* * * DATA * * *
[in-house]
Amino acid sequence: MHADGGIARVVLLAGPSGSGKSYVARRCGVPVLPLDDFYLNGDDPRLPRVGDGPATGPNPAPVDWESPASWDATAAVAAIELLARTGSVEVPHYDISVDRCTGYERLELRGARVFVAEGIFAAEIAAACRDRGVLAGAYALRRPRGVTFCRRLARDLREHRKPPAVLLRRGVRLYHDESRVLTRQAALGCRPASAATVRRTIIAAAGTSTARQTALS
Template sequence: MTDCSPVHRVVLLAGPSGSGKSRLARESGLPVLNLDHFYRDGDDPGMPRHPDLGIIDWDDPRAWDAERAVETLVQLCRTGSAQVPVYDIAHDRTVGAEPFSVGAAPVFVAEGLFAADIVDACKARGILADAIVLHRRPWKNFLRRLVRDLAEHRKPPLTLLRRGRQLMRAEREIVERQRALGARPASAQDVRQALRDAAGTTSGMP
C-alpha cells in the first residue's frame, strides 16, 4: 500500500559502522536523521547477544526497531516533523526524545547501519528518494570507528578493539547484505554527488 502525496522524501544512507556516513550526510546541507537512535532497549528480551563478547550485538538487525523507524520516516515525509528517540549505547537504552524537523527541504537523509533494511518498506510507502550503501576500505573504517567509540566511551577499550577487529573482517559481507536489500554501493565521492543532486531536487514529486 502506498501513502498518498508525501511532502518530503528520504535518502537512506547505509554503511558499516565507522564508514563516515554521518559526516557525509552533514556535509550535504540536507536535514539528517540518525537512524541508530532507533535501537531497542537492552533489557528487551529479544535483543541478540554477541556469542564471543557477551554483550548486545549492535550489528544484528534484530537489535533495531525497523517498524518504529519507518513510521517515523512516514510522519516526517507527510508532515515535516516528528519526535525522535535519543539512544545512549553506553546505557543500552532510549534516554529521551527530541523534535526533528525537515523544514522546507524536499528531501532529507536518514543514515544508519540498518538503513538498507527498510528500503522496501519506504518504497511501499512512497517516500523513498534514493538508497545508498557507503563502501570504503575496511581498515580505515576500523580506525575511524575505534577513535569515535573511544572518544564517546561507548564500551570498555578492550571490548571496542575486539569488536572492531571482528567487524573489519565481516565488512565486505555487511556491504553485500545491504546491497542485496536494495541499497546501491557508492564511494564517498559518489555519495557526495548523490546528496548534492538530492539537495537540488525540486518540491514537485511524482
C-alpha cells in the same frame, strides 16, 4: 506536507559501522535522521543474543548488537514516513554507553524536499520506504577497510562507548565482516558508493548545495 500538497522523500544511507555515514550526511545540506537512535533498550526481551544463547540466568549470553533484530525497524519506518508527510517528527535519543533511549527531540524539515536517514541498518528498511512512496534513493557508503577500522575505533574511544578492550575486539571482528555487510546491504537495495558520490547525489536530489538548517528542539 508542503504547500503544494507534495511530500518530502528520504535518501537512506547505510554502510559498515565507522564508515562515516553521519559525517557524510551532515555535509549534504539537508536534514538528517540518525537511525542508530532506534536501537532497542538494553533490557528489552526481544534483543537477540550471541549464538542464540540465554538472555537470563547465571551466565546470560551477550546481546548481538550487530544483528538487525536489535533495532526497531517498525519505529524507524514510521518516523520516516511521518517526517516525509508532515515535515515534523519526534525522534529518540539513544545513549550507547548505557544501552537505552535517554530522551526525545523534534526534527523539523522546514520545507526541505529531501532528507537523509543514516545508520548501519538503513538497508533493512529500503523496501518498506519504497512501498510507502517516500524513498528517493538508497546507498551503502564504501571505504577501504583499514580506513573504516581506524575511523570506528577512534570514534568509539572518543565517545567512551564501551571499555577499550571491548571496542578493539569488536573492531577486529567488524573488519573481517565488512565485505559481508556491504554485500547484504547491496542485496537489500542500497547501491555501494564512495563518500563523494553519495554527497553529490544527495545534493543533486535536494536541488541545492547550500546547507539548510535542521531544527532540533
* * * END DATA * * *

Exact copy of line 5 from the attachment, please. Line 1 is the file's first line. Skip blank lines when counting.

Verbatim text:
C-alpha cells in the same frame, strides 16, 4: 506536507559501522535522521543474543548488537514516513554507553524536499520506504577497510562507548565482516558508493548545495 500538497522523500544511507555515514550526511545540506537512535533498550526481551544463547540466568549470553533484530525497524519506518508527510517528527535519543533511549527531540524539515536517514541498518528498511512512496534513493557508503577500522575505533574511544578492550575486539571482528555487510546491504537495495558520490547525489536530489538548517528542539 508542503504547500503544494507534495511530500518530502528520504535518501537512506547505510554502510559498515565507522564508515562515516553521519559525517557524510551532515555535509549534504539537508536534514538528517540518525537511525542508530532506534536501537532497542538494553533490557528489552526481544534483543537477540550471541549464538542464540540465554538472555537470563547465571551466565546470560551477550546481546548481538550487530544483528538487525536489535533495532526497531517498525519505529524507524514510521518516523520516516511521518517526517516525509508532515515535515515534523519526534525522534529518540539513544545513549550507547548505557544501552537505552535517554530522551526525545523534534526534527523539523522546514520545507526541505529531501532528507537523509543514516545508520548501519538503513538497508533493512529500503523496501518498506519504497512501498510507502517516500524513498528517493538508497546507498551503502564504501571505504577501504583499514580506513573504516581506524575511523570506528577512534570514534568509539572518543565517545567512551564501551571499555577499550571491548571496542578493539569488536573492531577486529567488524573488519573481517565488512565485505559481508556491504554485500547484504547491496542485496537489500542500497547501491555501494564512495563518500563523494553519495554527497553529490544527495545534493543533486535536494536541488541545492547550500546547507539548510535542521531544527532540533